It’s that time of year and I don’t know about you, but I’m pretty pooped. Not even from my kids, just from shopping for everyone… plus when did everything become so expensive?!
I don’t know about you, but a pair of flip flops should not cost $200 (even if they are Tory Burch and super cute and on my list for Santa… shhh!).
Either way, my students are super excited about the holidays this year and about getting presents in their “socks.”
I’m not sure if you’ve read my blog post yet about how to make this fireplace…
…but if not you can read about how to make one so you can hang “socks” up for your kids!
Besides all of the sock fun, I was really excited to read The Polar Express to them.
After seeing a lot of pictures on Instagram of you guys having a Polar Express day at school where you can wear your pajamas (first off, totally jealous!), I knew that I had to read it to my class. Even though it’s a lot different than the movie, I wanted them to experience the original Polar Express.
I developed and created adapted piece book sets for my lower level, mostly nonverbal students. Many of them have IEP goals for comprehension, but I was struggling with collecting data on their comprehension levels. I had little to no resources to help me, until now.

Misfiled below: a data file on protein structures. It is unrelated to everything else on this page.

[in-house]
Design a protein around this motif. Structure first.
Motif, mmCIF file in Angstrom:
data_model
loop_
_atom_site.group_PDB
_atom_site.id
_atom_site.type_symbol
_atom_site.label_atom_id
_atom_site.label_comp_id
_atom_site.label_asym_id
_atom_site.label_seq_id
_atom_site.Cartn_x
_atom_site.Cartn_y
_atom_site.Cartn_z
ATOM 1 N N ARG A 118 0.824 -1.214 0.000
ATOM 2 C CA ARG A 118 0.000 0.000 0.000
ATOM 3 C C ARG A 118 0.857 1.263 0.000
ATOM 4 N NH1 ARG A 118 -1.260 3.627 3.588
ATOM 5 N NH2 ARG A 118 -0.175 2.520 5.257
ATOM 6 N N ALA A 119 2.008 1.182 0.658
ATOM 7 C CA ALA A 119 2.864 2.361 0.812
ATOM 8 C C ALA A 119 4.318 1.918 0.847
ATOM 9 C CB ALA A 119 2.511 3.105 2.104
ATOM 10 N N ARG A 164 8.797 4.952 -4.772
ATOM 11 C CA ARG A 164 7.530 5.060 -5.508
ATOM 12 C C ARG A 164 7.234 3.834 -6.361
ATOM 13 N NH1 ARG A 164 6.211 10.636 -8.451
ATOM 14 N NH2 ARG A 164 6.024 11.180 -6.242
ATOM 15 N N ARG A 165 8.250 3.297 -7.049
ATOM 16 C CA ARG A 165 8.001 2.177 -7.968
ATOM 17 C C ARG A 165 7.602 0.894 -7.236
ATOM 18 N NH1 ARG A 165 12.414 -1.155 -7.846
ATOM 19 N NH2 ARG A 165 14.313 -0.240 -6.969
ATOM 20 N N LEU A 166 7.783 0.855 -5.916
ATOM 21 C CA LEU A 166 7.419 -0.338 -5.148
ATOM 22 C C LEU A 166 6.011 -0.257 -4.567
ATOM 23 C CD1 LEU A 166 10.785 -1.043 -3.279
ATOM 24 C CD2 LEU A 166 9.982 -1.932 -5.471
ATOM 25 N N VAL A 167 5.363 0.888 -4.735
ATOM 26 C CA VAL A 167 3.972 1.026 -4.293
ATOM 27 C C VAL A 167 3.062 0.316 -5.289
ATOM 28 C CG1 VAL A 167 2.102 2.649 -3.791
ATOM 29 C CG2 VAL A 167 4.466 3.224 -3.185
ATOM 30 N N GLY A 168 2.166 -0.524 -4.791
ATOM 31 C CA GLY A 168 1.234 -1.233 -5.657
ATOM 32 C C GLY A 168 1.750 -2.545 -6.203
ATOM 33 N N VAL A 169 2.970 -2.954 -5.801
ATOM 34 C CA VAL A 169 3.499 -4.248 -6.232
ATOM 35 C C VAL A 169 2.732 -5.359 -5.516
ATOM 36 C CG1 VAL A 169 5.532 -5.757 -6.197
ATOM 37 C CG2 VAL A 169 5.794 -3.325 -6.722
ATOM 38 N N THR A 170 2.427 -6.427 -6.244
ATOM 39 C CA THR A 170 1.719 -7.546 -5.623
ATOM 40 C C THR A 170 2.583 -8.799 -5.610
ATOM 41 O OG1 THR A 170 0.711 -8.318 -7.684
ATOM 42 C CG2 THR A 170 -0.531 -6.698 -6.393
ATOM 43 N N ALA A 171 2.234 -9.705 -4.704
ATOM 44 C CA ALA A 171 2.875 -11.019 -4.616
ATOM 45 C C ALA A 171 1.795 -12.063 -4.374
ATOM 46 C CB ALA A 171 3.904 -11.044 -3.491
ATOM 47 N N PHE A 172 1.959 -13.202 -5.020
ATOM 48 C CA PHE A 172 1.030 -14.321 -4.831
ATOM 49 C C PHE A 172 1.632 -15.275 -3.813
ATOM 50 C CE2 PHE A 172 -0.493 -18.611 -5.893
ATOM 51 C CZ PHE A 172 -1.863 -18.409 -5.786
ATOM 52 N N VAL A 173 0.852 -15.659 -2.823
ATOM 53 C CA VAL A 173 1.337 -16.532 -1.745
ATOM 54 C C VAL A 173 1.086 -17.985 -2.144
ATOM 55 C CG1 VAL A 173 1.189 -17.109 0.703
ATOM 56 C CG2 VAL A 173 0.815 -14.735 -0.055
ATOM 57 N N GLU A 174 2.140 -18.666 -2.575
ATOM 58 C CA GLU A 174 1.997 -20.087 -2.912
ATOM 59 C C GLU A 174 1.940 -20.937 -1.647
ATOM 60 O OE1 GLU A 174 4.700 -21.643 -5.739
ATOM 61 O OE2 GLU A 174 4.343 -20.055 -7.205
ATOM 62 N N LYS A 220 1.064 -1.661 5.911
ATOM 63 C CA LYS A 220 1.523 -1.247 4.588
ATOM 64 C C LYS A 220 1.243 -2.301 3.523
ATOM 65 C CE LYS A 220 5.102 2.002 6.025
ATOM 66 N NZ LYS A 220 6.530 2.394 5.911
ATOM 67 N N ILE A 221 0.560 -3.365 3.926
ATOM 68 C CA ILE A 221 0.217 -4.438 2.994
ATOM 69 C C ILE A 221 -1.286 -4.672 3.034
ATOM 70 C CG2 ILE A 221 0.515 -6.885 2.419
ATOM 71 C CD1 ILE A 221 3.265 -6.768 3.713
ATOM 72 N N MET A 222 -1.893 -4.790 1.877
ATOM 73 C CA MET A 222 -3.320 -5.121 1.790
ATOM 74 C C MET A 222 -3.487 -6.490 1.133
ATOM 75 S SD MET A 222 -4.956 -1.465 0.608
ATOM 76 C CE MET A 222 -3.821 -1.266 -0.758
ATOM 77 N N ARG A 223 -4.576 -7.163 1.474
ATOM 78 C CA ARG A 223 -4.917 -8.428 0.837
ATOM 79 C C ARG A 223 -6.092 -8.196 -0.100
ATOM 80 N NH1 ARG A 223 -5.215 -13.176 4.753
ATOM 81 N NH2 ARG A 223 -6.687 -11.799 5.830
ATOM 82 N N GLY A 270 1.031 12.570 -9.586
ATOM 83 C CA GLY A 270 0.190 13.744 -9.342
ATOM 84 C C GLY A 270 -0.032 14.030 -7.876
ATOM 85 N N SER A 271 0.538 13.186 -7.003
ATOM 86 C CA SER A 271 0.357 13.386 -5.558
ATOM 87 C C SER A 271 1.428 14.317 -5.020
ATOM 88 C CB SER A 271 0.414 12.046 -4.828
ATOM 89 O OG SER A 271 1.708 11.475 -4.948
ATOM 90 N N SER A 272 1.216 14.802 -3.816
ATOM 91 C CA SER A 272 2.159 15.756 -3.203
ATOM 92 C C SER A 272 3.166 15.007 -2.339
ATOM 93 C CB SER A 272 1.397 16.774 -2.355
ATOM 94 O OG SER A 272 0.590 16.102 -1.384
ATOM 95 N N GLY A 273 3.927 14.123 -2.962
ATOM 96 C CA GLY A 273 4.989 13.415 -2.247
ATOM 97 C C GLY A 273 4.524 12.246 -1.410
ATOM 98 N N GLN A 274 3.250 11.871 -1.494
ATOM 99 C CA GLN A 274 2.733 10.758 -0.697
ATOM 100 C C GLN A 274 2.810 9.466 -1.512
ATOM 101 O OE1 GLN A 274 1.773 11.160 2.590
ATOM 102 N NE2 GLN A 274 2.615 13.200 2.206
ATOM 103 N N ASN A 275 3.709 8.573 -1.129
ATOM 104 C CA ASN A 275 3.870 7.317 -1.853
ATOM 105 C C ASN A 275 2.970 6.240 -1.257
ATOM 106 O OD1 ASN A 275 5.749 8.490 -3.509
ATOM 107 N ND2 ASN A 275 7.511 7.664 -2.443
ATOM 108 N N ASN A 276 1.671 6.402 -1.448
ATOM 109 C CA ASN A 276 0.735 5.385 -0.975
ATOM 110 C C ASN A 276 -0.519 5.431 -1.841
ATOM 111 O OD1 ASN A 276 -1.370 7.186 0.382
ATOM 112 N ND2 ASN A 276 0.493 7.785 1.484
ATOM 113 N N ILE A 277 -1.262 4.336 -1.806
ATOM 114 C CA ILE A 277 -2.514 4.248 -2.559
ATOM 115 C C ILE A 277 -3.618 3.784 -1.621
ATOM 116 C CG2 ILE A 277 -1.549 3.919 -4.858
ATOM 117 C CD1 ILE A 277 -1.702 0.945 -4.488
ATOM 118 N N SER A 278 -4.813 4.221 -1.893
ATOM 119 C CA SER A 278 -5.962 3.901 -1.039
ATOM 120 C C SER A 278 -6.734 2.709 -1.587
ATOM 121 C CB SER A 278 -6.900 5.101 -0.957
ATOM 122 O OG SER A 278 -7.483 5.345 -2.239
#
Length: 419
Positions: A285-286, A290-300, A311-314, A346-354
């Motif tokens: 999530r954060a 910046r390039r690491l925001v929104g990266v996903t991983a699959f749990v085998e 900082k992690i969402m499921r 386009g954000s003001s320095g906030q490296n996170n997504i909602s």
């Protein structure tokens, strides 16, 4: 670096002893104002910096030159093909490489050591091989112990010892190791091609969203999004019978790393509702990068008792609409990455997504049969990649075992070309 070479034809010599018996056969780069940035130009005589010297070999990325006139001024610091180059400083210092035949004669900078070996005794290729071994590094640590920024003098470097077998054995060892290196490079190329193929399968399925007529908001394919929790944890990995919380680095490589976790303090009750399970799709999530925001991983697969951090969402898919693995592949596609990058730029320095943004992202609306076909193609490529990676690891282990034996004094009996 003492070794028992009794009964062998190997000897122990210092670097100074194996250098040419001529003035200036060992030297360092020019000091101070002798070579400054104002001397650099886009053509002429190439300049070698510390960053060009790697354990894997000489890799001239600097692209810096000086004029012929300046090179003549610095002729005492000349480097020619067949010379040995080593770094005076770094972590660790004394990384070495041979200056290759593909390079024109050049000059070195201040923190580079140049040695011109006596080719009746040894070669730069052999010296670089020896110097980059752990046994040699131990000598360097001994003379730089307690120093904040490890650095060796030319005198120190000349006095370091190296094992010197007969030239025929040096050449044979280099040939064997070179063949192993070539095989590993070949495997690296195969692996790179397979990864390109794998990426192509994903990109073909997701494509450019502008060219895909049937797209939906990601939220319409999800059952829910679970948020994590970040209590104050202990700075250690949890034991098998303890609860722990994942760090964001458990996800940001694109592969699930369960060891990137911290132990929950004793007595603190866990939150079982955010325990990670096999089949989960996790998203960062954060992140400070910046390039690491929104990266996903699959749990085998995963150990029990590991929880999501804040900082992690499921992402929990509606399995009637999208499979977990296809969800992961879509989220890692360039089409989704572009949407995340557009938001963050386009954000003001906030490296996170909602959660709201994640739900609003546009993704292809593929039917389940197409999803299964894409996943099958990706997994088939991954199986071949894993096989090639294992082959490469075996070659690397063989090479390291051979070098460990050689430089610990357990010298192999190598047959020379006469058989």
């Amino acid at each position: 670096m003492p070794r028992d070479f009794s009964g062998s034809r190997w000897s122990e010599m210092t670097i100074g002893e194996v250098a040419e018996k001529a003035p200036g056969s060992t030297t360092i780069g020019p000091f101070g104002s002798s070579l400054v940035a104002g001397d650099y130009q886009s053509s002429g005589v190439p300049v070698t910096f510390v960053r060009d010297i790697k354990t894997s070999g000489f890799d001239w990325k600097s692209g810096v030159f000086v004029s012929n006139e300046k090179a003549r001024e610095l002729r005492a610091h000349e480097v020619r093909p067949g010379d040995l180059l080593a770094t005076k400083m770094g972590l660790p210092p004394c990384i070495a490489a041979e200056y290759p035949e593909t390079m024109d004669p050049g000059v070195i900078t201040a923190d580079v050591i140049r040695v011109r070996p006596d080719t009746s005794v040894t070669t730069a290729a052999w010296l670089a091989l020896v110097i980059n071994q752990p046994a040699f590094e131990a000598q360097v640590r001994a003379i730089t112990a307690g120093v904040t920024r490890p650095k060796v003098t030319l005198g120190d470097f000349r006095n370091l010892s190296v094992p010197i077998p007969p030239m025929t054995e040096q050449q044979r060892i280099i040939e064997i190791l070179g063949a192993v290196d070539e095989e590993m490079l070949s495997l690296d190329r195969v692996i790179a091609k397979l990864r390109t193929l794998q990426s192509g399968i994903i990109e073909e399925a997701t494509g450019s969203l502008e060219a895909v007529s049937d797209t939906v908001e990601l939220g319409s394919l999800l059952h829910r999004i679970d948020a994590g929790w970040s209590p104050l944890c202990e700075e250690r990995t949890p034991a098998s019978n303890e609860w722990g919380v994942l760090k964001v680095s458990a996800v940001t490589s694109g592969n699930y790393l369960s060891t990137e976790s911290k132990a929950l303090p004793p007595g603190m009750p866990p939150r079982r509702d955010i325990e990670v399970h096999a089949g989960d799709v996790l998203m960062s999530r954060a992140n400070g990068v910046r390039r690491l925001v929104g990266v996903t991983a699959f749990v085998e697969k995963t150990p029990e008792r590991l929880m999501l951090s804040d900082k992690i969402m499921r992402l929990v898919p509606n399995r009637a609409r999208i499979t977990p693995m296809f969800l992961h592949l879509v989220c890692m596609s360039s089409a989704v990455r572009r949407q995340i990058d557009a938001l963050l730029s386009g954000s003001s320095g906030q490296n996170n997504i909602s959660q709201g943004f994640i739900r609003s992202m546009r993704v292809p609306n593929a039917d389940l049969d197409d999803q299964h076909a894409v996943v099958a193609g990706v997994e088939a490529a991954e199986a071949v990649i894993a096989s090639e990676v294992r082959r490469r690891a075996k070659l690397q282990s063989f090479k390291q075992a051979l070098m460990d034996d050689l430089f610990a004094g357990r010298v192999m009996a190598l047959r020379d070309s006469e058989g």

Adapted Piece Book Sets are helpful with ANY student needing assistance and IEP goal tracking on comprehension of a story. Use the stories for bookdiscussions, or make the book into a center or small group reading discussion activity in the regular classroom too.
In my classroom, I used the cards to recap the story. They worked really well with the kids and we were then able to retell the story using the picture cards afterwards. This is just one way you can adapt a lesson or activity for a students success.
Since the cards do follow the movie better than the actual book, there are a few extra cards. You can use them to sequence either the movie or the book, or even to compare and contrast both of them.
My kids seem to remember the movie much better (I even had one student say, “What about the little girl?”), so we did have to talk about the differences between the movie and the book.
But all turned out well and the kids seemed to really benefit from a different style of retelling.
What Polar Express activities do you do in your classroom? Tell us in the comments below!